In short, the Six Elements of the Shannon and Weaver Model of Communication are Information Source, Transmitter, Channel, Receiver, Destination, and Noise Source. Eventually, Norbert Weiner included the seventh element(Feedback) to make it a transactional model of communication. Shannon and Weaver Model was introduced in 1949 and it is certainly a linear model of communication.

Established Year of the Shannon-Weaver Model?

The Shannon and Weaver model was introduced in 1949. However, there is controversy regarding the establishment year of the Shannon and Weaver model. Claude Shannon published the article(A Mathematical Theory of Communication) in Bell System Technical Journal in 1948; It was known as the Shannon theory. Warren Weaver republished the previous article in 1949, adding more information and discussing the model’s implication on the effective communication process. They also renamed it The Mathematical Theory of Communication while republishing it in a book. Therefore, it is known as the Shannon-Weaver model of communication.

Warren Weaver did not contribute to the article (A Mathematical Theory of Communication) published in 1948 by Claude Elwood Shannon. So, Weaver’s name cannot be included in the model published in 1948. He became co-author of the same article in 1949 also renamed it “The Mathematical Theory of Communication” while reprinting in the book. The Mathematical Theory of Communication is called Claude Shannon and Warren Weaver model of communication. So, it is rational to say that the Shannon and Weaver model was introduced in 1949, not 1948.

Shannon-Weaver’s Model of Communication Pdf Download-

 A Mathematical Theory of Communication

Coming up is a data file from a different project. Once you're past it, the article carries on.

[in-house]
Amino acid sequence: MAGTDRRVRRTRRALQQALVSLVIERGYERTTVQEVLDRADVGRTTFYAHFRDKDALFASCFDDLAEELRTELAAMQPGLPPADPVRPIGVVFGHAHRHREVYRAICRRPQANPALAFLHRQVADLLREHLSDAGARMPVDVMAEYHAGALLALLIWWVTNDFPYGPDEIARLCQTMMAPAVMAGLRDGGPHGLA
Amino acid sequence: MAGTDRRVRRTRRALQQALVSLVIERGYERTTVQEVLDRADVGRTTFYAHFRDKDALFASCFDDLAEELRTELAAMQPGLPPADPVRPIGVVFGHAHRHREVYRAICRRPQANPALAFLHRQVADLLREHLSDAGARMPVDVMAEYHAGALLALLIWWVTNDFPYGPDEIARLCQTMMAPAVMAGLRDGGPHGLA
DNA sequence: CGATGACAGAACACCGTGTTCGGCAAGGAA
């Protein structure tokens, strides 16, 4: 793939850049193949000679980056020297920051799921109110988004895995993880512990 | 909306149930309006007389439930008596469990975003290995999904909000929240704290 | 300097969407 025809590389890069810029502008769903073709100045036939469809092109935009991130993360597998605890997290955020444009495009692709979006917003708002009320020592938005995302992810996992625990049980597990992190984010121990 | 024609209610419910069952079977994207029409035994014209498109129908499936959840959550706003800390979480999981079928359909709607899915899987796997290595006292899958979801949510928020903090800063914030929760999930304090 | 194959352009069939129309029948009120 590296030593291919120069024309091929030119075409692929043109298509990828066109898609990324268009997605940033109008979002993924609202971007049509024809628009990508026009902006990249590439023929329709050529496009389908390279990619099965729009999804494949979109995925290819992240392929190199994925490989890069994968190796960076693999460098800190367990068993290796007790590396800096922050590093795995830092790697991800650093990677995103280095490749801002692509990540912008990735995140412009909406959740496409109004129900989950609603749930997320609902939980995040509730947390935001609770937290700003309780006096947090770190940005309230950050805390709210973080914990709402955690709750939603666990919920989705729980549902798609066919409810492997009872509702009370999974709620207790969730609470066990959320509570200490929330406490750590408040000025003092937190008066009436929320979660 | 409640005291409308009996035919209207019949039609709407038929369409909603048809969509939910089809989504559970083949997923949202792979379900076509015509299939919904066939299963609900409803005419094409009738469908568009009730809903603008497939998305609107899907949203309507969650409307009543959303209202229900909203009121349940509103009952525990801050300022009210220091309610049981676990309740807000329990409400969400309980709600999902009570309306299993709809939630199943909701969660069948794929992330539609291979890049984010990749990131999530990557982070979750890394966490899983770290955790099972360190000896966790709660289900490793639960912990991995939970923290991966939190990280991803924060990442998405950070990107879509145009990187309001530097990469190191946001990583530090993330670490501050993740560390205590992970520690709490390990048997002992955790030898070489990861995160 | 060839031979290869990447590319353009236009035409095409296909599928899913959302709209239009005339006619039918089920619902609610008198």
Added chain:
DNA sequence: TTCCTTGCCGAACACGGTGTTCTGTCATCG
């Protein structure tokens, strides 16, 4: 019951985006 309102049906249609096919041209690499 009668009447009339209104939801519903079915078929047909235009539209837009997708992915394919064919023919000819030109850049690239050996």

Shannon, 1948 Reference
Shannon, C. E. (1948). A mathematical theory of communicationThe Bell system technical journal27(3), 379-423.
Shannon and Weaver, 1949 Reference
Shannon, C. E., & Weaver, W. (1949). The mathematical theory of communication. University of Illinois Press
Citation For This Article
APA- 7th Edition:
Kobiruzzaman, M. M. (2022, January 08). Shannon and Weaver Model of Communication Explanation & Examples. Newsmoor- Best Online Learning Platform. https://newsmoor.com/shannon-and-weaver-model-of-communication-explanation-examples/

MLA- 9th Edition:
Kobiruzzaman, M M. “Shannon and Weaver Model of Communication Explanation & Examples.” Newsmoor- Best Online Learning Platform, 24 Jan. 2022, https://newsmoor.com/shannon-and-weaver-model-of-communication-explanation-examples/

 

Gap Model of Service Quality- 5 Gap Model of Service Quality With Examples

Gap Model of Service Quality- 5 Gap Model of Service Quality With Examples. Gaps Model. Service Quality Gap Model. Service Quality Gaps. Gaps Model. 5 Gaps of Service Quality. Gap Model of Customer Satisfaction.

Gap Model of Service Quality

The gap model of service quality refers to the five gaps model that describes gaps in service quality of the organization’s customer experiences and service quality. In 1985, four scholars, namely A. Parasuraman, Valarie Zeithaml, and Leonard L. Berry, introduced the gap model of service quality in the journal of marketing manuscript titled “A Conceptual Model of Service Quality and Its Implications for Further Research.” It is also known as the service quality gap model.

This model articulates the gap between customers’ expectations and the service provided by the organizations. It assists service-providing companies in identifying customer satisfaction in different stages of the service delivery process. The service quality will be high when the customers’ perception meets the expectation, but the quality is low when the customer’s perception cannot meet the expectation.